|Can you think of anything that might calm this man down?|
$17,300,000,000 is what Colorado's tourism industry generated in 2016. There is no doubt that our state does well with its skiing, hiking, hunting and fishing industries. But were you aware that since Colorado legalized the use of both medical and recreational marijuana, our state has increased its tourism significantly? Agree with it or not, people are curious to see what the buzz (pun intended) is all about in Colorado.
In 2016, the legal sales of marijuana in the state added $266,000,000 to our coffers. That has done a great deal to improve Colorado's budgetary woes, especially in the area of capital improvement in schools and helping the homeless. Theses facts can be found in a great NPR interview from last year aimed at making people aware of how these tax dollars are spent. http://www.npr.org/2016/10/01/496226348/where-does-colorados-marijuana-money-go. It is not going to completely heal our fiscal difficulties, especially since the prices for marijuana will begin to drop as more states fall into line with pot-friendly legislation, but there is no doubt it has helped a great deal.
In an October article in the Washington Post, the newspaper attempts to understand the impact on the states of Washington and Colorado after having legalized marijuana usage and possession amounts. That article can be viewed here: https://www.washingtonpost.com/news/wonk/wp/2016/10/13/heres-how-legal-pot-changed-colorado-and-washington/?utm_term=.13b36d02e432. In a brief summary, both states have not had any significant negative fallout from the decisions. Crime is slightly down. Drug arrests are very much in a downward spiral. Usage among teenagers has not gone up and might actually be going down. Traffic accident rates involving pot have not gone up. There is even some evidence to suggest that medical marijuana may dramatically help abate the crisis in this nation as it struggles with the worst opioid crisis in its history. http://www.sciencemag.org/news/2016/11/could-pot-help-solve-us-opioid-epidemic.
But President Trump sees things differently. His appointment of former Senator Jeff Session as Attorney General marks a return to the policies that rank marijuana as a dangerous drug on a par with heroin. It is expected that the AG will make moves to criminalize those who recreationally use marijuana by throwing them in jail as common criminals. This is going to become a gigantic crisis here in our state as a significant number of Coloradoans benefit from the legalized sale and usage of the substance. Many people grow their own marijuana and it has led to a reduction of alcohol consumption, which is both hazardous and expensive. Many are finding pain relief that is safe and effective requiring less uses of dangerous and often addictive prescription drugs. Some people are finding that marijuana not only helps them solve sleeping problems without the dangerous side effects of drugs like Ambien. And, there does not seem to be the debilitating impact of what drinkers painfully refer to as "hangovers."
So why are the new AG and President Trump so worried about the twenty-eight states that have relaxed laws on marijuana? Perhaps you need look no further than the high paid lobbyists of the alcohol industry. Perhaps you need look no further than the high paid lobbyists working for private prisons that need customers in the form of inmates. You may even want to examine the lobbyists for Big Pharma who see the medical benefits of marijuana cutting into their profits. If you think that my belief is that our new president and his appointed officials are doing this for nefarious purposes, you would be correct.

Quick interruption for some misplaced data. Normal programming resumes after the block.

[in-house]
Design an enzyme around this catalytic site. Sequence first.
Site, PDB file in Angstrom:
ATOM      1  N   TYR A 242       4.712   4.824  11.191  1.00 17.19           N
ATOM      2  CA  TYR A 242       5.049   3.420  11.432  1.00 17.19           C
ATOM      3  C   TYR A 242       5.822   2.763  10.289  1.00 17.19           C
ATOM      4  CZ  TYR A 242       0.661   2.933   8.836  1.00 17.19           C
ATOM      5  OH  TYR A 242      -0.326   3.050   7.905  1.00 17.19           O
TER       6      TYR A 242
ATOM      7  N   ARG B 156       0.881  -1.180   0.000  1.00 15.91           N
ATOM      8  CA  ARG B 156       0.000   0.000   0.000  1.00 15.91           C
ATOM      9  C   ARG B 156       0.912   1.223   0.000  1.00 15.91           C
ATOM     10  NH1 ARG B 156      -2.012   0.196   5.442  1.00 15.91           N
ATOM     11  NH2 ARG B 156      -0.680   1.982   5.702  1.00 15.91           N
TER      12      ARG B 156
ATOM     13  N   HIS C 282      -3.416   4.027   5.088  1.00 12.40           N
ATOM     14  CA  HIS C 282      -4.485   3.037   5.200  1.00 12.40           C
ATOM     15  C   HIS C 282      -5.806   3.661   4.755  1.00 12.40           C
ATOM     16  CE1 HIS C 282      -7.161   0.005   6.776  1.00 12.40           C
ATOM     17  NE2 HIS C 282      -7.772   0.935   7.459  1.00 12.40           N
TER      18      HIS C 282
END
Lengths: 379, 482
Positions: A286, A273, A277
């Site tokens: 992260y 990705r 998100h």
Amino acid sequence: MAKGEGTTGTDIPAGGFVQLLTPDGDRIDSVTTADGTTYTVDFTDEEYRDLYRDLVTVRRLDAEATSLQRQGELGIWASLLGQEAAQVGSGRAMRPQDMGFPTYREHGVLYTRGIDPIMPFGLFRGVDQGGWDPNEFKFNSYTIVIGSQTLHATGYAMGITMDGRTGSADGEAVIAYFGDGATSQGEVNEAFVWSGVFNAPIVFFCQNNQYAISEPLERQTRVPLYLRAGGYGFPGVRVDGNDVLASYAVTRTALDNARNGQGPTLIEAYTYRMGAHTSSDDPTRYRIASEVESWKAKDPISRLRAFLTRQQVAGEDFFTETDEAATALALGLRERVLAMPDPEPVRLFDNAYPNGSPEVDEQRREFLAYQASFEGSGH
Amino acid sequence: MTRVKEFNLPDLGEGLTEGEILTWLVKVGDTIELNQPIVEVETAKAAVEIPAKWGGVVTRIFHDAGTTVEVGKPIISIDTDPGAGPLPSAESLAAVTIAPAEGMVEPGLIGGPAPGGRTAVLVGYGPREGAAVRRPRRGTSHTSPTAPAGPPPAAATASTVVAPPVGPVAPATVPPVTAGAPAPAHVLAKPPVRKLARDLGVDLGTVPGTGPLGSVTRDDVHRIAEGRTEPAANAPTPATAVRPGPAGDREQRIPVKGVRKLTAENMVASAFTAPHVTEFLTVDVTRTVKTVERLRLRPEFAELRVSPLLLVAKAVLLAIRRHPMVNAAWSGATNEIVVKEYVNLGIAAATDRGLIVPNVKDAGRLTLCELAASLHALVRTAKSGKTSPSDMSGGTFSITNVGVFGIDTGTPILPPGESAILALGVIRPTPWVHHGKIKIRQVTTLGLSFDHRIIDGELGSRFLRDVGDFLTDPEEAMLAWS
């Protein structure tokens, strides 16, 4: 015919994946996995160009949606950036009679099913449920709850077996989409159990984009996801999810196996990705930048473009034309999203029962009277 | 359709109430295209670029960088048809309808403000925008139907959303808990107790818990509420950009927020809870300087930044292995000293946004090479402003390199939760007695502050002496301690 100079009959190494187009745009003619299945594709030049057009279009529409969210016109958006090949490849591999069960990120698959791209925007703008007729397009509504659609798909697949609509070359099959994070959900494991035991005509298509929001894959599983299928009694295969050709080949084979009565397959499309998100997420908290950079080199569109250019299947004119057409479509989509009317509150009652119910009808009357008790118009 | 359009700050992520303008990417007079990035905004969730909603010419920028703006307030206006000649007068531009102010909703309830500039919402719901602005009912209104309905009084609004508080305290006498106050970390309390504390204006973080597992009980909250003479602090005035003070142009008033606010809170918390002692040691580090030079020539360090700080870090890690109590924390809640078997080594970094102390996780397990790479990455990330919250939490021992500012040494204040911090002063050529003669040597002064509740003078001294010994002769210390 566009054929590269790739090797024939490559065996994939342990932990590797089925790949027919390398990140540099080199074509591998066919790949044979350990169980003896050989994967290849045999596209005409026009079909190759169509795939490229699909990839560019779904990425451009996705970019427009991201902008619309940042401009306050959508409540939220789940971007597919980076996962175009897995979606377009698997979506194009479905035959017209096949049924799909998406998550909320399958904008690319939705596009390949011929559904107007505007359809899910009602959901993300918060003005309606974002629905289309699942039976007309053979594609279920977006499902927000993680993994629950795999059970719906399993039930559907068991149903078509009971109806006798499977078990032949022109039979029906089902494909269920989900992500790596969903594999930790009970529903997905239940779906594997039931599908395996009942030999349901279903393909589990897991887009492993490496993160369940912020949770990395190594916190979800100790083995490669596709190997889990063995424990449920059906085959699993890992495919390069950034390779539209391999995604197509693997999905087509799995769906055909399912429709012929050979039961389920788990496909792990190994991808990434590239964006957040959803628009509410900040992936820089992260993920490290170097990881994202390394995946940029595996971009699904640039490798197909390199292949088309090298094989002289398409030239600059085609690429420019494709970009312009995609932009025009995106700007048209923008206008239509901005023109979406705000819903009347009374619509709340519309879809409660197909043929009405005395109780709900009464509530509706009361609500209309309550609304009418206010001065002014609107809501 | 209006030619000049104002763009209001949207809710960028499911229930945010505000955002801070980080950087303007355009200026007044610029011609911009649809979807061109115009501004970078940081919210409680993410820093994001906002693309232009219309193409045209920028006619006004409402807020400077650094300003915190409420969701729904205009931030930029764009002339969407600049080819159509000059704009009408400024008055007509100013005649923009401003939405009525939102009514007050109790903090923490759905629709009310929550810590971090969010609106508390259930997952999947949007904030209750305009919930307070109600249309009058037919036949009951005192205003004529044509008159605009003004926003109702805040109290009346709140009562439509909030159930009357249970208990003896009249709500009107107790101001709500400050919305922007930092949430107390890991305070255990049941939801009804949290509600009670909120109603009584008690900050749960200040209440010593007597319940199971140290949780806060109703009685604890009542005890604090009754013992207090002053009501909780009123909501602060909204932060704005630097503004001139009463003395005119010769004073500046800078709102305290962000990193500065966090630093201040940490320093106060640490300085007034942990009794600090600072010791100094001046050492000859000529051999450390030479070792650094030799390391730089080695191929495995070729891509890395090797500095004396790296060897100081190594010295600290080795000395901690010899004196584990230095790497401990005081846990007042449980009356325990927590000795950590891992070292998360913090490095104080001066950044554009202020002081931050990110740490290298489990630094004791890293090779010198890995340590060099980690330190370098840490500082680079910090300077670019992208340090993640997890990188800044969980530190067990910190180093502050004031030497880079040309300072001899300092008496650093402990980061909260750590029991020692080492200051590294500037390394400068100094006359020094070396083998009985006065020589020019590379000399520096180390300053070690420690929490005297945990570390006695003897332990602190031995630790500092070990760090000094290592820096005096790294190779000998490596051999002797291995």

This states' rights argument comes up from time to time. When it is convenient for the conservatives, they say leave it to the states to decide. When it serves their corporate sponsors, the conservatives want the federal government to step in and do the dirty work for them. President Trump, Colorado has decided as a state to loosen federal regulations on marijuana and we are doing just fine. If you criminalize us for what we have done here in Colorado, you may be in for a big surprise.
Personally, I don't use alcohol or marijuana for recreational purposes. I do have relatives who have abused alcohol and prescription drugs, resulting in death. I do have relatives who have had pain issues and have become addicted to painkillers. I have a number of family members who battle insomnia and then have had horrifying side effects with drugs like Ambien.
I live in arguably one of the most conservative counties in our state. As a liberal Democrat I am in a minority of epic proportions. Many of my friends, neighbors, and acquaintances in this county are conservative Republicans. They may not publicly talk about the fact that they not only use marijuana, but they grow marijuana for their own consumption. In my opinion, they are not going to be happy about this decision. This may be more of a problem than anyone might imagine when the government comes for their weed. These are the same people who said that they would not remain silent if someone came for their guns (which nobody ever did). It will be interesting to see what happens in this case.
Suffice it to say, if Sessions turns its forces loose on the people of Colorado for marijuana usage, there will be resistance from both side of the political aisle and the other states will be watching. This is just one more attempt to divide the people of this nation and replace our cherished Democracy with authoritarian rule of law. Resist.